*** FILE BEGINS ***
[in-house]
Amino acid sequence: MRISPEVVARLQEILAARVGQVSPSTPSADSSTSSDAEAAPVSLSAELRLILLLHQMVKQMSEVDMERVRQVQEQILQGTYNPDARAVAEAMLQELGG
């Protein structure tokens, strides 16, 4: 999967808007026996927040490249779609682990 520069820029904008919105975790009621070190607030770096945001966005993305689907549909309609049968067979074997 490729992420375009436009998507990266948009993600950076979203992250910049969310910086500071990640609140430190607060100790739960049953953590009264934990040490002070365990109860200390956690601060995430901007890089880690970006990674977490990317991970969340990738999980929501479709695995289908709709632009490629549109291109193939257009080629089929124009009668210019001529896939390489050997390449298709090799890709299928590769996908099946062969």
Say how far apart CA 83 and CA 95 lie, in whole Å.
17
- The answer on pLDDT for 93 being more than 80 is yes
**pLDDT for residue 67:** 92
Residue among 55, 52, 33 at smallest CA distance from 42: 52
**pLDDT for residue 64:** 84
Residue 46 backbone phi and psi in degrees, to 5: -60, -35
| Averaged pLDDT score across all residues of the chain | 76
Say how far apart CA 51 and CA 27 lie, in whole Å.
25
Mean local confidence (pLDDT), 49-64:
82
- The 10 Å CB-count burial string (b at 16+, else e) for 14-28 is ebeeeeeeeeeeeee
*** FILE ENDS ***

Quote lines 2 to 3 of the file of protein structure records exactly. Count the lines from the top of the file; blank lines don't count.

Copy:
Amino acid sequence: MRISPEVVARLQEILAARVGQVSPSTPSADSSTSSDAEAAPVSLSAELRLILLLHQMVKQMSEVDMERVRQVQEQILQGTYNPDARAVAEAMLQELGG
């Protein structure tokens, strides 16, 4: 999967808007026996927040490249779609682990 520069820029904008919105975790009621070190607030770096945001966005993305689907549909309609049968067979074997 490729992420375009436009998507990266948009993600950076979203992250910049969310910086500071990640609140430190607060100790739960049953953590009264934990040490002070365990109860200390956690601060995430901007890089880690970006990674977490990317991970969340990738999980929501479709695995289908709709632009490629549109291109193939257009080629089929124009009668210019001529896939390489050997390449298709090799890709299928590769996908099946062969």